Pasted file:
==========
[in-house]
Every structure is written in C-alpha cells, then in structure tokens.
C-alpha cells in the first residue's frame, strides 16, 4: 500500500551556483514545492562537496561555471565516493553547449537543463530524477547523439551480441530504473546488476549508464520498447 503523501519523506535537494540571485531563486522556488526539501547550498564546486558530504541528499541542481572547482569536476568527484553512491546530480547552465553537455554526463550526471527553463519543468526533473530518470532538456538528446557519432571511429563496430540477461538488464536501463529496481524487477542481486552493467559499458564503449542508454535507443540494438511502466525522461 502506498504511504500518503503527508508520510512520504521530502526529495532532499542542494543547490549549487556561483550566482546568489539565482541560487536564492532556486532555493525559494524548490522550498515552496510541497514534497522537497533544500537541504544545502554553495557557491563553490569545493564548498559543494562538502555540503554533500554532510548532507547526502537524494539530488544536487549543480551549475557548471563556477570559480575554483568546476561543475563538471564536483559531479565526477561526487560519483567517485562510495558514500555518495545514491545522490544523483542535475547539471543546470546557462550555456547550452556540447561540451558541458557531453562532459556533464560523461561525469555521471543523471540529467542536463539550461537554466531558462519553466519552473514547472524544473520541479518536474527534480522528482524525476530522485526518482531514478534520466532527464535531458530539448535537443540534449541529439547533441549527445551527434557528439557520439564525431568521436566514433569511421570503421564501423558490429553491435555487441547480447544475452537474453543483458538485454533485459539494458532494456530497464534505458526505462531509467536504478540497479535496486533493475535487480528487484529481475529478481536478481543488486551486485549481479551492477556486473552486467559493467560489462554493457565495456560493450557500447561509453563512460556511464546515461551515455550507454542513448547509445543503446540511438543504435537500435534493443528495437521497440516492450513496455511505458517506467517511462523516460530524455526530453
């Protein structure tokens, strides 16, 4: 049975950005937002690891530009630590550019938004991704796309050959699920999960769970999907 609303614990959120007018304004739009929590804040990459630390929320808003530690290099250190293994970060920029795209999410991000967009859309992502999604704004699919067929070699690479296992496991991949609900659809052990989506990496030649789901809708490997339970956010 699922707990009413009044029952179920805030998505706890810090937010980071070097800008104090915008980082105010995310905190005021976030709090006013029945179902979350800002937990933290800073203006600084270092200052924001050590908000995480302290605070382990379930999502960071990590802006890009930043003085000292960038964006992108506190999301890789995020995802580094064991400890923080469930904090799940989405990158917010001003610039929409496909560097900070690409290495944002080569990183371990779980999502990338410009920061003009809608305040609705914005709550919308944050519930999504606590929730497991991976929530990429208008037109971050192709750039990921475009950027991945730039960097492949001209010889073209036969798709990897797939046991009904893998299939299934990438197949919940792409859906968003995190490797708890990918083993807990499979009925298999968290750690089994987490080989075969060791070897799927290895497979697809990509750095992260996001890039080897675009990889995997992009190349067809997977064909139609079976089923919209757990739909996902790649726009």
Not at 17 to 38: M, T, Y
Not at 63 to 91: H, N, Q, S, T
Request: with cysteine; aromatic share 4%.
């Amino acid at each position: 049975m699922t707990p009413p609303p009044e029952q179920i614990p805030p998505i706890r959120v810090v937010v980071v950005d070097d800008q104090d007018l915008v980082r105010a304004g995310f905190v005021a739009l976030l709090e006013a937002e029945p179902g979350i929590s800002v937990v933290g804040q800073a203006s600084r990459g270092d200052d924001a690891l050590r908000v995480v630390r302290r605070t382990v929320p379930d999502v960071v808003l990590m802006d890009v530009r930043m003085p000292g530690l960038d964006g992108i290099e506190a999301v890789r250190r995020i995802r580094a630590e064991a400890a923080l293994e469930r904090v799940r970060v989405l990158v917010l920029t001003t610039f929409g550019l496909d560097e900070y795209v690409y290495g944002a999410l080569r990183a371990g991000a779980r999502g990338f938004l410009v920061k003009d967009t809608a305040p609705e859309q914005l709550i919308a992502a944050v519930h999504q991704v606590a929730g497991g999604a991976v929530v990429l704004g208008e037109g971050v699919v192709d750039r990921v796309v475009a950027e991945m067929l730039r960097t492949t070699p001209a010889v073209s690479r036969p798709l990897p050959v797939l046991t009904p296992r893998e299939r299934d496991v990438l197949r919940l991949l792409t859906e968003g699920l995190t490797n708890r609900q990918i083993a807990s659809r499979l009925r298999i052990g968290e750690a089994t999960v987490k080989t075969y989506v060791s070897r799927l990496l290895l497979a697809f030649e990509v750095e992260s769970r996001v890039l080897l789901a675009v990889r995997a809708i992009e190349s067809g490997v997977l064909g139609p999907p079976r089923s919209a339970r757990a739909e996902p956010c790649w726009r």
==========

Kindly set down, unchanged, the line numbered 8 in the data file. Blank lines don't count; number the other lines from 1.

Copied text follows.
């Amino acid at each position: 049975m699922t707990p009413p609303p009044e029952q179920i614990p805030p998505i706890r959120v810090v937010v980071v950005d070097d800008q104090d007018l915008v980082r105010a304004g995310f905190v005021a739009l976030l709090e006013a937002e029945p179902g979350i929590s800002v937990v933290g804040q800073a203006s600084r990459g270092d200052d924001a690891l050590r908000v995480v630390r302290r605070t382990v929320p379930d999502v960071v808003l990590m802006d890009v530009r930043m003085p000292g530690l960038d964006g992108i290099e506190a999301v890789r250190r995020i995802r580094a630590e064991a400890a923080l293994e469930r904090v799940r970060v989405l990158v917010l920029t001003t610039f929409g550019l496909d560097e900070y795209v690409y290495g944002a999410l080569r990183a371990g991000a779980r999502g990338f938004l410009v920061k003009d967009t809608a305040p609705e859309q914005l709550i919308a992502a944050v519930h999504q991704v606590a929730g497991g999604a991976v929530v990429l704004g208008e037109g971050v699919v192709d750039r990921v796309v475009a950027e991945m067929l730039r960097t492949t070699p001209a010889v073209s690479r036969p798709l990897p050959v797939l046991t009904p296992r893998e299939r299934d496991v990438l197949r919940l991949l792409t859906e968003g699920l995190t490797n708890r609900q990918i083993a807990s659809r499979l009925r298999i052990g968290e750690a089994t999960v987490k080989t075969y989506v060791s070897r799927l990496l290895l497979a697809f030649e990509v750095e992260s769970r996001v890039l080897l789901a675009v990889r995997a809708i992009e190349s067809g490997v997977l064909g139609p999907p079976r089923s919209a339970r757990a739909e996902p956010c790649w726009r």